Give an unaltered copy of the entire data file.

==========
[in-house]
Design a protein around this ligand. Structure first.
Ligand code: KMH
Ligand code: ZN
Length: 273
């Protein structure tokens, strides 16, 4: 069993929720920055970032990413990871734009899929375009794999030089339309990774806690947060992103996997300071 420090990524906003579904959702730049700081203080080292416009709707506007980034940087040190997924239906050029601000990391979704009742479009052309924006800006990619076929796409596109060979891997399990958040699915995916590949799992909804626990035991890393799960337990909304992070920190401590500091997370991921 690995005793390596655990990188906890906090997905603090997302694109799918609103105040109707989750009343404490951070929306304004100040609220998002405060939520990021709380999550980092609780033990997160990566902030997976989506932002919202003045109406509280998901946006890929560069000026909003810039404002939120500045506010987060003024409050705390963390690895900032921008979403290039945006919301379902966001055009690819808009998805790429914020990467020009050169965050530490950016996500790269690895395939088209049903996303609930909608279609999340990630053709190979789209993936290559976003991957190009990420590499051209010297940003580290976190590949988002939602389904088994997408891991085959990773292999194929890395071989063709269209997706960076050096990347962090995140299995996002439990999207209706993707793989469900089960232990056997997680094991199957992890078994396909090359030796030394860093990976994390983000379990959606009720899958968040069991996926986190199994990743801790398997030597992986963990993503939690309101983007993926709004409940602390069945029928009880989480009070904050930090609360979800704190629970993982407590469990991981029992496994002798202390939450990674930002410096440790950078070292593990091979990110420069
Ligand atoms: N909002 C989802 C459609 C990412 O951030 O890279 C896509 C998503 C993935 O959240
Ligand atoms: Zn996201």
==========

[in-house]
Design a protein around this ligand. Structure first.
Ligand code: KMH
Ligand code: ZN
Length: 273
């Protein structure tokens, strides 16, 4: 069993929720920055970032990413990871734009899929375009794999030089339309990774806690947060992103996997300071 420090990524906003579904959702730049700081203080080292416009709707506007980034940087040190997924239906050029601000990391979704009742479009052309924006800006990619076929796409596109060979891997399990958040699915995916590949799992909804626990035991890393799960337990909304992070920190401590500091997370991921 690995005793390596655990990188906890906090997905603090997302694109799918609103105040109707989750009343404490951070929306304004100040609220998002405060939520990021709380999550980092609780033990997160990566902030997976989506932002919202003045109406509280998901946006890929560069000026909003810039404002939120500045506010987060003024409050705390963390690895900032921008979403290039945006919301379902966001055009690819808009998805790429914020990467020009050169965050530490950016996500790269690895395939088209049903996303609930909608279609999340990630053709190979789209993936290559976003991957190009990420590499051209010297940003580290976190590949988002939602389904088994997408891991085959990773292999194929890395071989063709269209997706960076050096990347962090995140299995996002439990999207209706993707793989469900089960232990056997997680094991199957992890078994396909090359030796030394860093990976994390983000379990959606009720899958968040069991996926986190199994990743801790398997030597992986963990993503939690309101983007993926709004409940602390069945029928009880989480009070904050930090609360979800704190629970993982407590469990991981029992496994002798202390939450990674930002410096440790950078070292593990091979990110420069
Ligand atoms: N909002 C989802 C459609 C990412 O951030 O890279 C896509 C998503 C993935 O959240
Ligand atoms: Zn996201």